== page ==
Peripatetic philomaths…focusing on what's really important, eating ethically and cleanly, fermenting, foraging/wildcrafting, practicing herbalism, and being responsible stewards of our land. Sharing our photos, musings, and learnings. Still seeking our tribe.
It’s hatching day for Silverudd’s Blue and Olive Egger eggs! At last check, the first external pip was on an SB egg (it pipped the wrong end, which isn’t necessarily a problem), and an Olive Egger had also made a nice, large crack in its shell. Over the next couple of days, there should be fluffballs running around the incubator and, when they’re ready, the brooder. If you like cute chick pics, stay tuned!
It’s not long after I went to bed and for some reason, I awoke with my mind active and the desire to write a bit. While I don’t like being up at this time of the night (morning?), I figured I may as well make the most of it. After all, a hatch is underway and it’s been a few hours since I last checked progress.
What a delightful surprise to find that the gorgeous Northern Mockingbird eggs had hatched – and from the looks of it, a couple of days ago!
The babies are already feathered, and will soon fledge.
We’ve been privileged to witness two different songbirds’ nestlings hatch, and it’s been such a rare pleasure. Mama Mockingbird has done a great job hatching and raising her brood – may they all grow up and raise their own babies someday!
When you have poultry or waterfowl grow-outs (but especially waterfowl, since they make such a mess with water), a tractor is invaluable. It keeps them safe from predators but allows the growing birds to scratch, bathe, find bugs, eat greens, and enjoy fresh air and sunshine – creating a “controlled” free range (more precisely, pastured) environment. Buying a well-made hoop tractor can be expensive, so we make our own.
Occasionally, when we find ourselves near the nest, we try to peek in and see if everything is ok. I was near the fenced-in nest area yesterday when I saw what looked like a dead baby bird in the nest. Just one. What had happened??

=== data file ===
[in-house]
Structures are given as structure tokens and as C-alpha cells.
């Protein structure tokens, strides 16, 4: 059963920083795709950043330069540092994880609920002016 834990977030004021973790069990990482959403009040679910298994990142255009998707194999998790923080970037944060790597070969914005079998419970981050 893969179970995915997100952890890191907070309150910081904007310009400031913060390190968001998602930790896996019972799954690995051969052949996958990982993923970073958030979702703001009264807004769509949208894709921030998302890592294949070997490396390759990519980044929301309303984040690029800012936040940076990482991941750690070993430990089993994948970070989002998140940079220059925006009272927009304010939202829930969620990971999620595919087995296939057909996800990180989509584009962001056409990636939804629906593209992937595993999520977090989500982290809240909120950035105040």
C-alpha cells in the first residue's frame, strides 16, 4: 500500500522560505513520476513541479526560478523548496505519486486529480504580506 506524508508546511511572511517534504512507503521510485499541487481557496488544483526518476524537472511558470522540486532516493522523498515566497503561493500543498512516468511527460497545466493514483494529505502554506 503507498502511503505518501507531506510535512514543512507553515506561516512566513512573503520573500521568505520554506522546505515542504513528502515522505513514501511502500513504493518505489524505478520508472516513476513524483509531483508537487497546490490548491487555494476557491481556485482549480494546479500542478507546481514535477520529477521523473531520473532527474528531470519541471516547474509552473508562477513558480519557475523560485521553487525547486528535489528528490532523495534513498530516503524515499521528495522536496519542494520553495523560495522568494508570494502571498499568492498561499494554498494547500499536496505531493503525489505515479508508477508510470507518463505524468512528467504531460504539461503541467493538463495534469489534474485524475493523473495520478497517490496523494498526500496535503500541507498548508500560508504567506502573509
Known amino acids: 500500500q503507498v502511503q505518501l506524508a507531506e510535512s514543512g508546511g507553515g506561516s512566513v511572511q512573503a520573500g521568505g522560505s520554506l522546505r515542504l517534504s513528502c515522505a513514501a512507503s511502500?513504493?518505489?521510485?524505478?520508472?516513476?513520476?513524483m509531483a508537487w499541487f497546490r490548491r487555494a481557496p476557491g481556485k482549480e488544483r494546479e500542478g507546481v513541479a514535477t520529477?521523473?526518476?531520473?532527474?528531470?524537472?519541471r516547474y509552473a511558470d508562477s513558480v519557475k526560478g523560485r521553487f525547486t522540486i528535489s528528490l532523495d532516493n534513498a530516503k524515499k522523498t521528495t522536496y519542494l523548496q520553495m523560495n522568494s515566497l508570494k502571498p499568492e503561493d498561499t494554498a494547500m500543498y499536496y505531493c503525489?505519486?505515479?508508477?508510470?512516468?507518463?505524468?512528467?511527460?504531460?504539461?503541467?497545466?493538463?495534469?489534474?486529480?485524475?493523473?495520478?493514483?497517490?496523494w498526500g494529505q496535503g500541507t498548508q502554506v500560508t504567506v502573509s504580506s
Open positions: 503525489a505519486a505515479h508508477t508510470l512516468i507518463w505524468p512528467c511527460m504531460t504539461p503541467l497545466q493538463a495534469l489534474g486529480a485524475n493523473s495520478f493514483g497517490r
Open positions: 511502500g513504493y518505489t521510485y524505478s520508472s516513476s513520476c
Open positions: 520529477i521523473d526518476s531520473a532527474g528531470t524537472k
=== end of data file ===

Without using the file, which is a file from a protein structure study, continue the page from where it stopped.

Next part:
Despite our fears that the tiny nest we’d discovered earlier, hidden in tall grass, was abandoned, this morning we found babies!
Mama (and Papa, it seems) have been attending to their new littles, sounding the alarm and trying to lure us away if we get too close. We did have to get close for a few minutes to securely enclose the tiny nest in wire fencing to deter cats and other predators. Interestingly, the chicks were completely silent, just opening their beaks wide when they sensed our presence (their eyes are still closed).
Working quickly, we affixed fencing on top of the fencing that already encircled it. The holes are large enough for Mama to easily fit through, but small enough to keep out larger animals, including curious paws. Once complete, we waited – at a distance – for Mama to return. And she did.
We’ll be rooting for the littles and looking forward to the day when they fly from their nest!
There once was a very small yellow chick that hatched with a leg that turned slightly out to the side. It didn’t know it was smaller or slower than the other chicks, or that it couldn’t run like everyone else. The chick just tried its best to live like all the other chicks, doing the same things, even if it couldn’t quite keep up. This is the story of that little chick…and an unexpected friendship.